MailGuard has intercepted a new email scam purporting to be from Dropbox, a popular file sharing and collaboration platform among business.
Employing the Dropbox logo and branding, the email informs recipients that an invoice has been shared with them “on Dropbox”. It urges users to “view it now” as the file “would run out in 24 hours”. This is likely an attempt to evoke urgency and panic among recipients, motivating them to take swift action and view the file without pausing to check for its legitimacy.
A button is provided to view the invoice (though it isn’t titled), and the email ends with a sign-off from “The Dropbox” team. The email’s display name, however, doesn’t belong to Dropbox, and the email address in the “from:” field also doesn’t use a domain belonging to Dropbox. In addition, hovering over the button to the file reveals the usage of a link shortener (bit.ly), included most likely to mask the true destination of the malicious link.
Unsuspecting recipients who click on the link to view the invoice are led to a login page asking them to verify their account. While this page contains the Office 365 logo, it does not look like a page typically associated with Microsoft or Office 365. The domain used in the page’s URL also doesn’t belong to Dropbox or Microsoft. This is actually a phishing page that appears to be hosted on a compromised website.
Once recipients enter their email address and password, the attacker harvests them for later use, and the user is met with an error saying that the credentials are invalid.
This scam contains several typical elements of a phishing email:
- use of a major brand name to inspire false trust; the incorporation of the Dropbox logo & colour scheme boosts the credibility of the email,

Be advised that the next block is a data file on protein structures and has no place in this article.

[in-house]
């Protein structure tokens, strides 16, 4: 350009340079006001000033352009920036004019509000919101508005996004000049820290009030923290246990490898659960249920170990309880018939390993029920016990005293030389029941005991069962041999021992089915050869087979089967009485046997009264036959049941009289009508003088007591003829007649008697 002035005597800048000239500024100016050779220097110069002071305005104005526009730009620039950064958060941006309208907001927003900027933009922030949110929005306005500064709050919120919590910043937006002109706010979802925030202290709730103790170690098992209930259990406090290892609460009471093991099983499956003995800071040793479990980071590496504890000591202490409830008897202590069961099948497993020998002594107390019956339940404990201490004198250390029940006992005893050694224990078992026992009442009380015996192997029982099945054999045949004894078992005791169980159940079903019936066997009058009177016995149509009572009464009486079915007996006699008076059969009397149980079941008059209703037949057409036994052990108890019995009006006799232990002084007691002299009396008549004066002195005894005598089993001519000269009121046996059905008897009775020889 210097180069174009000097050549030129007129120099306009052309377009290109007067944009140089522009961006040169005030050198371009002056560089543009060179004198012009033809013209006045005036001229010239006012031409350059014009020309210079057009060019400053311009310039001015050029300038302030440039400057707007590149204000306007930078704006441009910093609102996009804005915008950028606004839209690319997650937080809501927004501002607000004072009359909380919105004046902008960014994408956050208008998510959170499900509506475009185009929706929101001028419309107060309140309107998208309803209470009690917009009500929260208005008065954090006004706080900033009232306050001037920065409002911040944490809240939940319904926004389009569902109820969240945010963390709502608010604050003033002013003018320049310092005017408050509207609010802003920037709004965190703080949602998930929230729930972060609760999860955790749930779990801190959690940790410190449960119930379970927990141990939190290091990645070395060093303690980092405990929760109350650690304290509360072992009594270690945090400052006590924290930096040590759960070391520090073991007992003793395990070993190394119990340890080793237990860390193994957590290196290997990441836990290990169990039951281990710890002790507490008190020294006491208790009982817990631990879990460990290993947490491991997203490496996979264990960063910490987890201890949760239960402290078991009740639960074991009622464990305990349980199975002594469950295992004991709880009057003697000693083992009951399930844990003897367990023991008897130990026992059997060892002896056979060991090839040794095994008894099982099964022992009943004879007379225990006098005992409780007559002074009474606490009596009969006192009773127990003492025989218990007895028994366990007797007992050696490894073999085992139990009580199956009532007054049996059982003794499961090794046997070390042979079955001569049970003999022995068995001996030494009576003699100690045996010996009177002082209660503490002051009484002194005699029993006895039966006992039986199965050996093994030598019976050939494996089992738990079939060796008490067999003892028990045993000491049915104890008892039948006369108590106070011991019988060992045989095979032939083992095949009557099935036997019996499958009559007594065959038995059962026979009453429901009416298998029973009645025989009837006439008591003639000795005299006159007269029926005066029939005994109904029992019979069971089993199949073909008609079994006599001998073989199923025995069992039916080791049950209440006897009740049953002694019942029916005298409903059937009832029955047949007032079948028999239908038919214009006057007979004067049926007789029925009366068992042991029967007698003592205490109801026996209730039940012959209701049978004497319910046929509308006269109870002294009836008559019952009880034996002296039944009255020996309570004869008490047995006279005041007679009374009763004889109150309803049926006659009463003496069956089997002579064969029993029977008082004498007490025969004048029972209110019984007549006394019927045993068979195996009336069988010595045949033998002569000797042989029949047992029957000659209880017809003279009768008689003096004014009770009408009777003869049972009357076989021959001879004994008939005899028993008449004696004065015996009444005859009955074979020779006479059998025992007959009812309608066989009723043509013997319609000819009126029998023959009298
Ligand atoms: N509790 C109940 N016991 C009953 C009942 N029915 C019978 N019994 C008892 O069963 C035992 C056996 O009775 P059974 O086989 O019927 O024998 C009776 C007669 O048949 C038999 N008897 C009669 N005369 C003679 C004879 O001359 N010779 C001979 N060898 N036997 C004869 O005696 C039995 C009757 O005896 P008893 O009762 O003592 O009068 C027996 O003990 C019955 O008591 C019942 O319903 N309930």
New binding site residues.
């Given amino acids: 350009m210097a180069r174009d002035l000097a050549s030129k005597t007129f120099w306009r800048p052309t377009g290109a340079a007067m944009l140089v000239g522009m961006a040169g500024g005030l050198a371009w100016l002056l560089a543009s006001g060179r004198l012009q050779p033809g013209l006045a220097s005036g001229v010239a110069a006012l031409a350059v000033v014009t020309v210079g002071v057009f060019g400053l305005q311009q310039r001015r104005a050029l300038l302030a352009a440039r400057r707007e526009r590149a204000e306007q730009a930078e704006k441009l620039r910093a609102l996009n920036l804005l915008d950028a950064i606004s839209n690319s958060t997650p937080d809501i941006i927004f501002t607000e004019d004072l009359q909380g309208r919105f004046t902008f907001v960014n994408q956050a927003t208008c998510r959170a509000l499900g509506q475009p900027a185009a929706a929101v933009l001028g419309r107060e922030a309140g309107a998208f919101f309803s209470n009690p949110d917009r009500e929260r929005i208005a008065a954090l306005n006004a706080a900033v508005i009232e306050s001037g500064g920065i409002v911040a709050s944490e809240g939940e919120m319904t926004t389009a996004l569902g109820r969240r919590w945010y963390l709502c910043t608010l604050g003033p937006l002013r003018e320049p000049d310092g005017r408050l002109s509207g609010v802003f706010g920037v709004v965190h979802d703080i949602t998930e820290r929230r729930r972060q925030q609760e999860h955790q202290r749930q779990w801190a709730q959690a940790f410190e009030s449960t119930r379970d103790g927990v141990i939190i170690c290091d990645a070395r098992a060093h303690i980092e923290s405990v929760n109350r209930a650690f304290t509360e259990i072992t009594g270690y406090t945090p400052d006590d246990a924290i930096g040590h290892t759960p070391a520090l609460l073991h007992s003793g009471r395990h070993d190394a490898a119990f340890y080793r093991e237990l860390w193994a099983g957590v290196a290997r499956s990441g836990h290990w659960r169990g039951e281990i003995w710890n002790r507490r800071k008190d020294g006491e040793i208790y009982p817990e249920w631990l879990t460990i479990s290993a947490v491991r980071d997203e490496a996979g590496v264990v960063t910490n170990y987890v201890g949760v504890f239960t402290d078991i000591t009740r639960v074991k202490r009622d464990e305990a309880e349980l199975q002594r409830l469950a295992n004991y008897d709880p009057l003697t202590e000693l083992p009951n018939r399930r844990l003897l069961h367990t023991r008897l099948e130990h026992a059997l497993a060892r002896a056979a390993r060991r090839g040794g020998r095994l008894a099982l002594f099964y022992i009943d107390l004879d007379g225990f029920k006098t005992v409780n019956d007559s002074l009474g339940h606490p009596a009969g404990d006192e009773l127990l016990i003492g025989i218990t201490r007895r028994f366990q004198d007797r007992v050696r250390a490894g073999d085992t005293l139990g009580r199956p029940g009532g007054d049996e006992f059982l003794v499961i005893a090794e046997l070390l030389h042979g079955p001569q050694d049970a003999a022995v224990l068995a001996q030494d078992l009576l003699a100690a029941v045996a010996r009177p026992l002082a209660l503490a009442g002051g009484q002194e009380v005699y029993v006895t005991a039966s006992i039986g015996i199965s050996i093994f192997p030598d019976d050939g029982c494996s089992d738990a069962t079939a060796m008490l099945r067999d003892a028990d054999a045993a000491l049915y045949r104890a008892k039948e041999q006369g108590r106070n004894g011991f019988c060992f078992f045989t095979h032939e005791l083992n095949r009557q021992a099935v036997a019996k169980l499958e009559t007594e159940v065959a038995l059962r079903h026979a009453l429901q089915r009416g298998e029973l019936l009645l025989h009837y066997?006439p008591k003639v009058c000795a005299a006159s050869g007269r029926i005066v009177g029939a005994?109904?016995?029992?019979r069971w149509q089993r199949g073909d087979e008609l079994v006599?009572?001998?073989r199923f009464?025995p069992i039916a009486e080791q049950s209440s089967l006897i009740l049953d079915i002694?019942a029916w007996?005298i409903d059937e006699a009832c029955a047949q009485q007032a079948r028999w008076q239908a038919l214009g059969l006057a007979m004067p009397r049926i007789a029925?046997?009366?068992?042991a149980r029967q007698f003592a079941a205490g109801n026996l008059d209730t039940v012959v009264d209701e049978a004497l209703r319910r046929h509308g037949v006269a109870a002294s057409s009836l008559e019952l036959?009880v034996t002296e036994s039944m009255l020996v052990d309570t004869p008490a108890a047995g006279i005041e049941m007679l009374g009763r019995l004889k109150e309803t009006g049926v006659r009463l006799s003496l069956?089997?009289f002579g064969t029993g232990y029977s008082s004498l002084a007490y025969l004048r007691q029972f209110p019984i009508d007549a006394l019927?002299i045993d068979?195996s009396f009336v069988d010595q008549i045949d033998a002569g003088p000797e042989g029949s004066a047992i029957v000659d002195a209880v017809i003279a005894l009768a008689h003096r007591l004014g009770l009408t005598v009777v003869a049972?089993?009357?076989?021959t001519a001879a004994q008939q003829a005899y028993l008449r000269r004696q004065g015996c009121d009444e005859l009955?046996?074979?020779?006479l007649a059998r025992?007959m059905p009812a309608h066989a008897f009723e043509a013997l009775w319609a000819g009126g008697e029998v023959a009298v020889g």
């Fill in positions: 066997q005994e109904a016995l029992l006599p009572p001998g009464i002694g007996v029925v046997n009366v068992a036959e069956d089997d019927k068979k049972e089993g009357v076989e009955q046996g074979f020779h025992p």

- the inclusion of the invoice reference number; this is typically expected of a well-established file-sharing platform such as Dropbox,
- and attempt to intrigue; telling the recipient that someone has shared an unexpected file creates a sense of curiosity, motivating the recipient to click on the malicious link
Despite these techniques, eagle-eyed recipients of this email would be able to spot several red flags that point to the email’s in-authenticity. These include the fact that the email doesn’t address the recipient directly, and the domains used both in the sender’s email address and phishing pages don’t belong to Dropbox or Microsoft.
As a well-known and trusted company, Dropbox’s trademarks are regularly used by cybercriminals as camouflage for their phishing attacks. In addition, the nature of the file delivery platform itself makes it easier to deliver malicious files.
Check out Dropbox’s advisory on how to protect your Dropbox account from phishing and malware.
One email is all that it takes
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